This dispute over disclosure rules for TV ads comes at a time when digital ads are subject to little regulation. Efforts to apply the same rules for TV, radio and print advertising across the internet have been stymied by Congress's partisanship and the Federal Election Commission being effectively out of commission.
Laura Williamson says her career was shaped by growing up in North Carolina, which she describes as being historically at the center of the best and worst of American democracy. She spent seven years working with young people at progressive groups and got a master's in public affairs at Princeton before joining Demos in the summer of 2018. The think tank aims to combat "threats to democracy, racial equity and economic inclusion" and as a senior policy analyst she's focused on voter registration, voting rights, money in politics and civic participation. Her answers have been lightly edited for clarity and length.
What's democracy's biggest challenge, in 10 words or less?
Abolishing all disenfranchisement schemes and achieving an inclusive, multiracial democracy.
Describe your very first civic engagement.
Testifying at the North Carolina General Assembly against cuts to funding for vocational education. The woodworking classes I took throughout high school were among the most formative of my public school education, so as a high school senior I advocated for their continued funding to lawmakers in Raleigh.
What was your biggest professional triumph?
It's actually a triumph-in-progress. At Demos, we are privileged to work with powerful grassroots leaders redefining democracy and pushing the reform conversation across the country. Alongside these Inclusive Democracy Project leaders we are dreaming and scheming about what it would take to build a truly inclusive democracy — without limiting ourselves by what's perceived as politically feasible or reasonable — and to chart a radical reform agenda that meets the challenge. Our agenda is in progress and, like all real victories, is benefitting from the efforts of many smart and talented people. Stay tuned, it'll be ready for public consumption soon!
And your most disappointing setback?
They have always come after I've not listened well enough, have brought too much ego and taken things too personally, or not followed my gut about when a process or decision felt off.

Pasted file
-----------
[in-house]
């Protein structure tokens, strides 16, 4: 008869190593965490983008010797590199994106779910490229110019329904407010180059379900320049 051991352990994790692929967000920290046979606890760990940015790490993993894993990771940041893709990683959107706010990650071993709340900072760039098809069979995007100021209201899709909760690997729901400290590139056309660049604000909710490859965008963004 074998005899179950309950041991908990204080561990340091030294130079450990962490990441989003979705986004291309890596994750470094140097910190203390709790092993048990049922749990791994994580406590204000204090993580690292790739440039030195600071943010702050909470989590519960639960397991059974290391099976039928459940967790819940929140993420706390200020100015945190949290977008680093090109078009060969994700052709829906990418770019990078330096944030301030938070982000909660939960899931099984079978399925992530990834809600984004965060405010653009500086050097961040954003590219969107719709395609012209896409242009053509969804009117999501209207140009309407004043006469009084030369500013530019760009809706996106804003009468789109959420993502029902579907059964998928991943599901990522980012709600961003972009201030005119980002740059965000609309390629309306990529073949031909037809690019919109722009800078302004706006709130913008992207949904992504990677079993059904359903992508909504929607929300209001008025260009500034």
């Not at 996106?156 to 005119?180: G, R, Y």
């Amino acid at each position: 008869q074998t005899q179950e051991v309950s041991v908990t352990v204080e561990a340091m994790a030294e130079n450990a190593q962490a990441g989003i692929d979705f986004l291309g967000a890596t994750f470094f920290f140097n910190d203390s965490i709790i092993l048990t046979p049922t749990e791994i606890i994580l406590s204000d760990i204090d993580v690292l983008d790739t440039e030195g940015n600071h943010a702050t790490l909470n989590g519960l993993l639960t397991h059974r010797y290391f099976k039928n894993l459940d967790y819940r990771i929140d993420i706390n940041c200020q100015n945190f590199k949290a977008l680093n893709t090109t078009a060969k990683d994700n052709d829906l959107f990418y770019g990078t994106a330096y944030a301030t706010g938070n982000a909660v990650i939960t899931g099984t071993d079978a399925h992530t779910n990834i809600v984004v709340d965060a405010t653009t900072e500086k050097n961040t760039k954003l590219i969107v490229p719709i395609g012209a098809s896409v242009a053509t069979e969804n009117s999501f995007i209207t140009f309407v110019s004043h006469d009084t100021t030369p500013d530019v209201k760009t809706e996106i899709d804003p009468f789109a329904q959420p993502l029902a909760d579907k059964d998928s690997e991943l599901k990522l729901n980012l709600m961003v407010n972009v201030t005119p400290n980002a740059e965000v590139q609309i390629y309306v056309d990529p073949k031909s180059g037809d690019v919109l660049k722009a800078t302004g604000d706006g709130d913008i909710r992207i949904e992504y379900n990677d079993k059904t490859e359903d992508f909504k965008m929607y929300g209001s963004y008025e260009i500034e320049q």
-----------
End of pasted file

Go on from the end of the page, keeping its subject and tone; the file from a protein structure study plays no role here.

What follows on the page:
How does your identity influence the way you go about your work?
I'm from North Carolina, where we pioneered multiracial, pro-justice fusion politics during Reconstruction, civil disobedience during the civil rights movement and franchise-expanding voting reforms since the 1990s. More recently, we have also been home to the vanguard of voter suppression and other democracy stifling tactics since the Supreme Court gutted the Voting Rights Act. I stand on the shoulders of giants and against the abdication of our identity as democracy leaders. I also do this work because, as a white woman, I know the exclusion of entire communities from our democracy was — and is still — led by my people and, often, in my name. I work every day to undo that legacy and ongoing reality.
What's the best advice you've ever been given?
Learn to simultaneously practice patience and show up with urgency in all the work I do.
Create a new flavor for Ben & Jerry's.
Impeaches and Cream
West Wing or Veep?
West Wing — for the sometimes-too-earnest belief that government can be a force for good, not the centrist politics!
What's the last thing you do on your phone at night?
Turn on do not disturb.
What is your deepest, darkest secret?
I'm deeply terrified by karaoke.
Lightman is a professor of digital media and marketing at Carnegie Mellon University.
With the 2020 election less than a year away, Facebook is under fire from presidential candidates, lawmakers, civil rights groups and even its own employees to provide more transparency on political ads and potentially stop running them altogether.
Meanwhile, Twitter has announced that it will not allow any political ads on its platform.
Modern-day online ads use sophisticated tools to promote political agendas with a high degree of specificity.
I have closely studied how information propagates through social channels and its impact on political messaging and advertising.
Looking back at the history of mass media and political ads in the national narrative, I think it's important to focus on how TV advertising, which is monitored by the Federal Communications Commission, differs fundamentally with the world of social media.